Caltrans plans to shut 101 south of Crescent City Sunday
There will be a full closure of U.S. Highway 101 south of Crescent City starting at 9 a.m. Sunday as Caltrans undertakes the removal of a large, hollowed-out, old-growth redwood that is in immediate danger of falling on the highway.
Although full closures of a main artery highway like the North Coast’s portion of 101 would typically be done at night, the dangerous nature of removing several tons of material ready to slide makes daylight operation necessary, according to Scott Burger, spokesman for Caltrans District 1.
The full 101 closure will be from just south of Hamilton Road to 0.6 miles south of the Mill Creek Campground entrance. The stretch is expected to reopen with one-way traffic control by 5 p.m. Sunday at the latest.
The large redwood, described as hollowed by fire and rotted, is expected to come down uncontrolled if not addressed.
“We worked with state parks in order to identify anything that was going to come down. This is all material subject to coming down,” Burger said.
The slide area with the large redwood perched above it is roughly one mile south of Hamilton Road, and was identified as a problem in November 2012. After a series of heavy rainstorms, a large slide covered the highway, bringing a 5-foot-diameter redwood down with it.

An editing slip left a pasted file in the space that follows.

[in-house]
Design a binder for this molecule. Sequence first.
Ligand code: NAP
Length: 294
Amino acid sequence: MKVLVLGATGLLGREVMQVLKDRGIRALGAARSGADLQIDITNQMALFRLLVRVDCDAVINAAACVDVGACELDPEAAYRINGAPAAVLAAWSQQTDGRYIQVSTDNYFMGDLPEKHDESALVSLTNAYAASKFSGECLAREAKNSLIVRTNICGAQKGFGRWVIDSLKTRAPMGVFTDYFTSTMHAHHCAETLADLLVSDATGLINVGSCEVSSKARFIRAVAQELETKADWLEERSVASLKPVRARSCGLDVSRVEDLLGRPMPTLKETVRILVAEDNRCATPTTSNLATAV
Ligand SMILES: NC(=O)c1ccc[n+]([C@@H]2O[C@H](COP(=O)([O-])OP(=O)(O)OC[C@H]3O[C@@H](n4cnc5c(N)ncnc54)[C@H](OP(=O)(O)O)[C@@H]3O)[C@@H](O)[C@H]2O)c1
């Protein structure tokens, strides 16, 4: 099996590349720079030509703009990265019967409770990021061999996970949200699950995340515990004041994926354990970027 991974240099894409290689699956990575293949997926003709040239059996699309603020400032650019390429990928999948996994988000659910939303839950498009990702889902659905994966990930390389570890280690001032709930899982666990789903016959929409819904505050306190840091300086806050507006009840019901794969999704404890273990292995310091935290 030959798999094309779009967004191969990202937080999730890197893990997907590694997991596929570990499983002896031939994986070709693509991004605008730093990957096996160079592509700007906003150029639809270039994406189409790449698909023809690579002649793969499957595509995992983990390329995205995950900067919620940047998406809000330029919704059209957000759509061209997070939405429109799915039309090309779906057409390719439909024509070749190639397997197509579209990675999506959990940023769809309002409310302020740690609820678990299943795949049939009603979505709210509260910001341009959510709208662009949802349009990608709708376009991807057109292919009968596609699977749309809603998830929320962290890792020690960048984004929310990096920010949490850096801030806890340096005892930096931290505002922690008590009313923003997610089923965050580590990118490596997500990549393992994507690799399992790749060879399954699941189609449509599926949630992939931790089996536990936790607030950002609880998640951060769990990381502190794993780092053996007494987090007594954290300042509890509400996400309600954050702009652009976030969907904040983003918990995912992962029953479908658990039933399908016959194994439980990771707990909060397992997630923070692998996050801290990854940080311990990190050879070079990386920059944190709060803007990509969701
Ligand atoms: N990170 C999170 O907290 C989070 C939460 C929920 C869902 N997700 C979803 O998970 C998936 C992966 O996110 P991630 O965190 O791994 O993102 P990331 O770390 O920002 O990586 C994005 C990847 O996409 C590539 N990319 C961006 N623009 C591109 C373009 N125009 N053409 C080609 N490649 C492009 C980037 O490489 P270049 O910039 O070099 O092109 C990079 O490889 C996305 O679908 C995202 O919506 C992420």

Despite Caltrans’ efforts, the slide continued to grow in a southern direction. The hydro-seeded area has been a noticeable scar on the east side of 101 ever since.
Caltrans installed horizontal drains in an attempt to remove groundwater and stabilize the area, but it continues to release material after rainstorms.
Roughly 200 tons of material came down from this location after the mid-February storms.
The most up-to-date information regarding the reopening of the highway will be found on Caltrans District 1’s Facebook page (facebook.com/CaltransD1), and road updates will also be posted to the websites of Caltrans and California Highway Patrol.
Tamera Leighton, executive director of the Del Norte Local Transportation Commission, raised concerns about a full highway closure during the day and the short notice, but Caltrans officials said they were seizing upon a window of calm weather and that daylight is needed for the dangerous work.